For a year we have been telling ourselves we are not the kind of country that separates children from parents and relatives and locks them up without proper adult supervision, adequate food or even soap and toothbrushes.
Apparently, we are that kind of country.
Last year when we saw the children imprisoned behind cages, we were told the Trump White House and the Department of Justice policy was deliberately separating families to act as a deterrent to Latin Americans fleeing gang violence and poverty to try to seek legal asylum in the United States. It was not a deterrent; in fact, thousands more tried to come here.
The government was so ill-prepared that it had no adequate record-keeping to keep track of children and parents. Parents were deported; their children were deposited all over the country. The government purposefully slowed down the asylum process, leaving hundreds to stand in the hot sun for hours only to tell them to return later.
The courts intervened and told the administration to stop separating families.
Now, we find out that the administration kept on with its failed policy. After some human rights lawyers trying to find out what was going on were appalled by the dreadful conditions that children were kept in for weeks and weeks, they told the media.
The acting head of the Border Patrol left the job after just two months. Everybody in charge of immigration is "acting"; nobody in charge has been confirmed by Congress. Members of Congress who tried to see for themselves how the children were being treated were turned away.
After the chilling photograph surfaced of a drowned man in the Rio Grande with his drowned 2-year-daughter, Donald Trump expressed little compassion, angrily saying Democrats (who do not control the Senate or the White House) should pass tougher immigration laws and referring yet again to immigrants raped on their journey north.
(Apparently, rape was on his mind after yet another woman has come forward to accuse him of raping her in a department store fitting room years ago. Trump denied it, saying she wasn't his "type." He said he'd never met her although there is a photograph of them talking at a party. But even when it was revealed he paid a porn star and a Playboy bunny not to talk about the affairs they said they had with him, Trump's base of four out of 10 voters did not care. Republicans in Congress shrugged their shoulders.)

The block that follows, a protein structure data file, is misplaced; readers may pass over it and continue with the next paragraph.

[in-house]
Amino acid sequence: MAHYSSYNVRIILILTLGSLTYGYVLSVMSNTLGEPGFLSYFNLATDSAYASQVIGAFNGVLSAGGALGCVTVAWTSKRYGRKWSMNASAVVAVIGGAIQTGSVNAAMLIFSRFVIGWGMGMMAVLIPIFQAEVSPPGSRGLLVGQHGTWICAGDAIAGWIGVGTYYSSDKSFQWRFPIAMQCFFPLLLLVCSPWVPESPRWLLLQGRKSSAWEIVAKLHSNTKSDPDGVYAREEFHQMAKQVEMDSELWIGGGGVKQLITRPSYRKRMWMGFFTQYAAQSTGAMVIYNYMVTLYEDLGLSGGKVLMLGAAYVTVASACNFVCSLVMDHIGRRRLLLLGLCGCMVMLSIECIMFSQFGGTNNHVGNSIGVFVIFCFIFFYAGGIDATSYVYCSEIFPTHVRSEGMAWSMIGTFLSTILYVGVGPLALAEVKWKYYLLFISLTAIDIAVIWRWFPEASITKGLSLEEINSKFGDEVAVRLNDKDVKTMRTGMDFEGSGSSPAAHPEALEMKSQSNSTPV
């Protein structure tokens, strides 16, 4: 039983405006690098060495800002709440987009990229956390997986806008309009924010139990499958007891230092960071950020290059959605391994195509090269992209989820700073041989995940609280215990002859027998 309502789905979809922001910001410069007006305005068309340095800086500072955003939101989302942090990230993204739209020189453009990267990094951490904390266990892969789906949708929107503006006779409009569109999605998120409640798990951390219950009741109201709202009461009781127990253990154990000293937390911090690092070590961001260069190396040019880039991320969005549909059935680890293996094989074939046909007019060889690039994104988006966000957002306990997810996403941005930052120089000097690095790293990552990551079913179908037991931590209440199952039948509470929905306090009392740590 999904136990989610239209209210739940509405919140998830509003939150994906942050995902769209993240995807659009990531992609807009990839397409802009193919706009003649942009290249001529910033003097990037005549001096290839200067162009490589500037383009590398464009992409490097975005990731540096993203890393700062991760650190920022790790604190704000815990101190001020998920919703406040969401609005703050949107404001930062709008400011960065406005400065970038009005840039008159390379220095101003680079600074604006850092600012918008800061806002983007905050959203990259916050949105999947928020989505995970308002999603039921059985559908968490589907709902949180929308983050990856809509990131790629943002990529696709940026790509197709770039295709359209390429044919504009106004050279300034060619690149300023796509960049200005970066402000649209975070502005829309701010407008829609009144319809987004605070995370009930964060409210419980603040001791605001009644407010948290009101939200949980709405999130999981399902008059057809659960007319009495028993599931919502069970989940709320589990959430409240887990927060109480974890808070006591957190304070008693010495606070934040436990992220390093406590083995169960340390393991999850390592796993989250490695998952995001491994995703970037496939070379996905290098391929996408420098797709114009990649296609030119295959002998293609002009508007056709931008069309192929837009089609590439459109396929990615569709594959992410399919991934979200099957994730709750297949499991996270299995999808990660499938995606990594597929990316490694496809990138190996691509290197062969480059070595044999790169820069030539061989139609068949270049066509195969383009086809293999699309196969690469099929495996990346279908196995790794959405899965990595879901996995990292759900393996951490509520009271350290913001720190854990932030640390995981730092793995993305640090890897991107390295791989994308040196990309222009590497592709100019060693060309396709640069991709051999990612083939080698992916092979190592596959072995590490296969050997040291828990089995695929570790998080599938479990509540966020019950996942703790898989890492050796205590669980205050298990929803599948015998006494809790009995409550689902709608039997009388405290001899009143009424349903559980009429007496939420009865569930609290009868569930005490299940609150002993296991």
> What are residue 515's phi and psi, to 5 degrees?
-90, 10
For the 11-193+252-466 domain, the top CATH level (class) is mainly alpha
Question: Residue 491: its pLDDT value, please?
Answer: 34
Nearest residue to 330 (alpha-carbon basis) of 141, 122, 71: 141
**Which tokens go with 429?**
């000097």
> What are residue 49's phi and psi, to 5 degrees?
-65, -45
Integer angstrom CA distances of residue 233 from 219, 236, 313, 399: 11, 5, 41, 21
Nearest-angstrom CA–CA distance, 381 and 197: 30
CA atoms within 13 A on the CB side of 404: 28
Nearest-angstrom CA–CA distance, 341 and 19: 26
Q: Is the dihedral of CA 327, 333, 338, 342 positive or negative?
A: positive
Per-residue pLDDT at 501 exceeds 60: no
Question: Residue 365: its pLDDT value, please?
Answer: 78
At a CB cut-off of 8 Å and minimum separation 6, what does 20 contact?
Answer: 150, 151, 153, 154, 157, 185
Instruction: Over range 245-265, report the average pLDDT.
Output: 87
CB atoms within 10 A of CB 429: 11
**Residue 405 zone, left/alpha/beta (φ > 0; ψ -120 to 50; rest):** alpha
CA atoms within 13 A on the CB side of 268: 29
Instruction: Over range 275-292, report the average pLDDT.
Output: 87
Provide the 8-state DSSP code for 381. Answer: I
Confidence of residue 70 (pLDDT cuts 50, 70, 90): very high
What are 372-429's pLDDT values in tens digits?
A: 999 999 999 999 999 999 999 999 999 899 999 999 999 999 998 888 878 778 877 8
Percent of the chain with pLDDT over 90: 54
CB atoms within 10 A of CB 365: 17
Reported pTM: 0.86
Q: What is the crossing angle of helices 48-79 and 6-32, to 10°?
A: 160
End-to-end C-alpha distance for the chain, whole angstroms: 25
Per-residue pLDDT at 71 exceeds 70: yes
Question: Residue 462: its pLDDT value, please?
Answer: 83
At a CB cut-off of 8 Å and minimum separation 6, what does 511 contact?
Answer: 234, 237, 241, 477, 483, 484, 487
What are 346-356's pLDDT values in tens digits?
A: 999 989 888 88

But nobody should be shrugging at the undeniable news that children taken by this government are sleeping on concrete floors, warehoused without access to showers in buildings with no windows, wearing filthy clothes and treated like inmates of puppy mills. Eight-year-olds are taking care of infants. According to the lawyers, it's smelly and hot in the day and cold at night.
Trump's gone off to Japan talking about how the rest of the world has been "taking advantage" of us. He proudly talks about how much money his tariffs are making, not even realizing that tariffs are paid by us, the American consumer, for everything from food to cars. It's basically a tax hike.
Meanwhile, we are left at home worrying about the nameless children and confronted — yet again — by their plight and the national shame that this president has forced on us.
Too many have died in recent years trying to come into this country. Faster deportation, separating families and harsher penalties are not the answer. A few years ago the Senate passed a comprehensive new immigration law with a bipartisan vote but the GOP-led House would not even take it up. They are afraid of voters who are afraid that if others get a chance to make a better life, their own opportunities will grow more limited.
Write your senator and representative, Call the White House. Show up at town halls. Create a tidal wave of revulsion at what is going on along our border. Demand an end to this horrible inhumanity. If enough of us make ourselves heard, we will make a difference.
Meanwhile, Trump is still saying he is planning pre-dawn raids on undocumented immigrants who have been here for years to round them up and deport them. As if they are not frightened enough.
(Ann McFeatters is an op-ed columnist for Tribune News Service.)